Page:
There had been concerns that investors would spurn the float because of the difficult retail climate and concerns about the group's high margins and growth plans. The group's unsuccessful attempt to come to the market in 1996 was also a concern for some. The float had to be pulled due to concerns over the ultimate beneficiaries of a Maltese-based trust which owned the bulk of the shares. This time, the group's adviser, NatWest Markets, is said to have assembled a "blue-chip shareholder register''.
However, some still expressed concerns over the pricing. "They are floating it at three-and-half times turnover, which looks quite remarkable ," said one senior fund manger who decided not to invest. Another, who also decided not to buy the shares, said: "It's a rag trade company. Fashions wax and wane and companies get it wrong. We weren't enthused by it."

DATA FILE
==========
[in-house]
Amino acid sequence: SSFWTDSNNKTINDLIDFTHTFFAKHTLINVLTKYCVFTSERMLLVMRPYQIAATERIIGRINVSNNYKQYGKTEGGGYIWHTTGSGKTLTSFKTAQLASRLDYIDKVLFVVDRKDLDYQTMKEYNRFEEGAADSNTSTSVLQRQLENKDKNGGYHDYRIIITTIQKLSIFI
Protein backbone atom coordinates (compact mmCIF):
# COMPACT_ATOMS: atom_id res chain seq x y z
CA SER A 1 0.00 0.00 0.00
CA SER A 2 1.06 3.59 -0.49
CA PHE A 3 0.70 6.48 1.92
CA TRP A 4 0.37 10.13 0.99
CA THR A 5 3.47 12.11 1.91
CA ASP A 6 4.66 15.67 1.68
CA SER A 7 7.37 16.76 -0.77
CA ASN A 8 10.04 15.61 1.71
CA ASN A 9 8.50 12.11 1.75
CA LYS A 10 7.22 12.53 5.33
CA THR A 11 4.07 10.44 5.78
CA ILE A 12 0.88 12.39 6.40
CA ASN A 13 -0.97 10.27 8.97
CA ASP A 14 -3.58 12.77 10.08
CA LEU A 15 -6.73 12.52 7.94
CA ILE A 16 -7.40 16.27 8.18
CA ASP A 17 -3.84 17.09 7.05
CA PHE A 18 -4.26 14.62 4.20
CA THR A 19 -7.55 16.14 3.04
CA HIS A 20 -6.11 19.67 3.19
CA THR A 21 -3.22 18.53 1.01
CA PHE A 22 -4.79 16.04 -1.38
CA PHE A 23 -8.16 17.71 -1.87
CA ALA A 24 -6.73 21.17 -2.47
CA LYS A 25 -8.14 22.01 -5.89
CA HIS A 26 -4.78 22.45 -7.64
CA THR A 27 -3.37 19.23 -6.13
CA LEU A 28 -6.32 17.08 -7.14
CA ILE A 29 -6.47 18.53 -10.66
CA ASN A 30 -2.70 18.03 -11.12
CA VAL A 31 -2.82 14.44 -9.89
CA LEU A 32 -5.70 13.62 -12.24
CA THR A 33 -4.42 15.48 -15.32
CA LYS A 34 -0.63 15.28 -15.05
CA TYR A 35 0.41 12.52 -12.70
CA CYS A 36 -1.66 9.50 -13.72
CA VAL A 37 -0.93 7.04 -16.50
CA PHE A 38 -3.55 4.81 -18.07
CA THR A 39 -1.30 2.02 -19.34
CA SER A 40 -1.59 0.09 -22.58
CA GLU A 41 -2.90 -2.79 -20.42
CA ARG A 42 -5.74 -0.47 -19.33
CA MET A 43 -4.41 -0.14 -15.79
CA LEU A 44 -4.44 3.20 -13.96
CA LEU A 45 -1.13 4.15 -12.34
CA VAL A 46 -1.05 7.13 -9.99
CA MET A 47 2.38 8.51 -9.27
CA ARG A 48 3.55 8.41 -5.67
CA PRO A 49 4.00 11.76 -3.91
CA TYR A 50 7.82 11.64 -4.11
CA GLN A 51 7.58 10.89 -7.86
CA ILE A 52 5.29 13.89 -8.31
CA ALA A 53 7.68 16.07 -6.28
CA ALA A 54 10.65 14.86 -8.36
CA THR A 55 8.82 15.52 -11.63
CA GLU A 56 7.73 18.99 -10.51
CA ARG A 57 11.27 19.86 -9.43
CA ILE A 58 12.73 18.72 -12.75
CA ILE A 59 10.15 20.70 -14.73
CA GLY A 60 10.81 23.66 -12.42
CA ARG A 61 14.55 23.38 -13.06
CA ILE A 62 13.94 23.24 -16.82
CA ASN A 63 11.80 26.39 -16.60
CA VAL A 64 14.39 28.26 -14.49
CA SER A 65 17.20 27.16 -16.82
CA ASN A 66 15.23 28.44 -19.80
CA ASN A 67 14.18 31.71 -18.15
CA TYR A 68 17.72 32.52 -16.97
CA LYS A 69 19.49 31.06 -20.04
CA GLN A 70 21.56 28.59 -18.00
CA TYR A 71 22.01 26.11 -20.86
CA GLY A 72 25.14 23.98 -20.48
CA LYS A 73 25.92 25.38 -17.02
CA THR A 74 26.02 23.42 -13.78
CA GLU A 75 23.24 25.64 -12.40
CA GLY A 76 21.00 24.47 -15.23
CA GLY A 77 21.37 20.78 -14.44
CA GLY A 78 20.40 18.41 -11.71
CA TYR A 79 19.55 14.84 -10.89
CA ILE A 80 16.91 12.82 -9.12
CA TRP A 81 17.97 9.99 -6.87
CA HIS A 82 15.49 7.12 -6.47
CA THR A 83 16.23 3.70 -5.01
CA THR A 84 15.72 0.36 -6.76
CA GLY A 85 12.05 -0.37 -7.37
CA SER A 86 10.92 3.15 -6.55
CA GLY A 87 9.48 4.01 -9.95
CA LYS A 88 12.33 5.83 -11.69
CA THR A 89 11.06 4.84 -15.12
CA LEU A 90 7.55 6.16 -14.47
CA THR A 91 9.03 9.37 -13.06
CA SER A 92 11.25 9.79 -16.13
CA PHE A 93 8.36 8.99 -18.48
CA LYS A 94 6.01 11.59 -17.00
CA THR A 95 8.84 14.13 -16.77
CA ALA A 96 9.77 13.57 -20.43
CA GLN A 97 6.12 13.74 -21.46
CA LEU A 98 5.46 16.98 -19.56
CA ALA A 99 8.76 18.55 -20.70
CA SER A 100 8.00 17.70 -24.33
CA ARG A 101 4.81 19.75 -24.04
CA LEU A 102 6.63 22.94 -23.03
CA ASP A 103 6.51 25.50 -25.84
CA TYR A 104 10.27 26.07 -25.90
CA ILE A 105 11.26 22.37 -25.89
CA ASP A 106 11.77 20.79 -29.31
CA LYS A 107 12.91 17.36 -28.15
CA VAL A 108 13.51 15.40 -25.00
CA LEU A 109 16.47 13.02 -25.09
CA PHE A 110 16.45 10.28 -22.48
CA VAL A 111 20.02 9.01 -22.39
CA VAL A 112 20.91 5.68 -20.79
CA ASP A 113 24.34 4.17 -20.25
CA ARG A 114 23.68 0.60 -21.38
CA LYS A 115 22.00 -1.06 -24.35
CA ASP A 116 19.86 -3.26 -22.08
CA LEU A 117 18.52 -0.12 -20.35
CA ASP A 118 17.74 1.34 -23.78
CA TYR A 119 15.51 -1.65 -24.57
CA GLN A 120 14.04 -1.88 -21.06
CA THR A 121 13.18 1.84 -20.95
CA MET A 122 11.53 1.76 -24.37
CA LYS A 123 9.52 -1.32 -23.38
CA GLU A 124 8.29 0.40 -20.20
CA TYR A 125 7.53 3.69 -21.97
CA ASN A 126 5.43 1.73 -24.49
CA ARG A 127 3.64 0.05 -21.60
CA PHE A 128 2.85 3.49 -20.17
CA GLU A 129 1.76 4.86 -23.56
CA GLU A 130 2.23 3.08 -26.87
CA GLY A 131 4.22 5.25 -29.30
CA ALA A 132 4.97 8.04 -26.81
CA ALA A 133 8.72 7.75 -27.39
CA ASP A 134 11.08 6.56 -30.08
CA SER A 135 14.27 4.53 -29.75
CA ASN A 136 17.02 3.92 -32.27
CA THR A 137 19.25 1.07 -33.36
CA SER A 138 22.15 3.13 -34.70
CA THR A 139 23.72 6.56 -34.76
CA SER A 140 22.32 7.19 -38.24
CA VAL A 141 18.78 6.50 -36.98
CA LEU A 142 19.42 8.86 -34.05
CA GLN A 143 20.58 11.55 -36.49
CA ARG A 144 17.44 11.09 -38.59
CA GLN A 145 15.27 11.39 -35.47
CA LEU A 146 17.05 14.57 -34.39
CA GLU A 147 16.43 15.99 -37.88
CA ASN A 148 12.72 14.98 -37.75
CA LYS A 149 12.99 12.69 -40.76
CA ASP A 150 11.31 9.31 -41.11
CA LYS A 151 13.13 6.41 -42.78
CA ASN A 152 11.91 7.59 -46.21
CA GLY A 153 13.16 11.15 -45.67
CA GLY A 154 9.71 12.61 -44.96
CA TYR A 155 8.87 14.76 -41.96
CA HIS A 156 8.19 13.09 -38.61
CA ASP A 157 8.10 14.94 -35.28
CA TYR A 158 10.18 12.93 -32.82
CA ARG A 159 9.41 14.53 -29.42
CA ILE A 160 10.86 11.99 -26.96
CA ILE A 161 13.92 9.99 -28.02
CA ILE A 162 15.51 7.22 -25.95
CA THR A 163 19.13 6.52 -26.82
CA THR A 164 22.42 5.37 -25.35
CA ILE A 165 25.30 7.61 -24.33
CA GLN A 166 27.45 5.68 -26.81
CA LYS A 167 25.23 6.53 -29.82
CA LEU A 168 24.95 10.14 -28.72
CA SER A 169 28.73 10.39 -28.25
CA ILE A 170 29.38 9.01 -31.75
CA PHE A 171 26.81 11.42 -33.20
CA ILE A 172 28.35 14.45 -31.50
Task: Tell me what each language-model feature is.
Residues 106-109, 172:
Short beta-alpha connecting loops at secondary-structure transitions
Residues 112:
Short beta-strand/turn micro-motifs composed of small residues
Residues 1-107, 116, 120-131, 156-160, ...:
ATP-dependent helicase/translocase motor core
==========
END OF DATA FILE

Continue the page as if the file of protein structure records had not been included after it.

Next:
The price gives the shares a forward p/e ratio of about 18. This is a slight discount to the retail sector but a premium to the market. SG Securities said the price left "no margin for error" and claimed a price of 150p would have been more realistic.
The float will net the Monsoon founder Peter Simon a windfall of pounds 88m. Mr Simon and his family will still own 74.6 per cent of the company following the flotation. No new money is being raised.
Dealings in the shares are expected to start next Wednesday.
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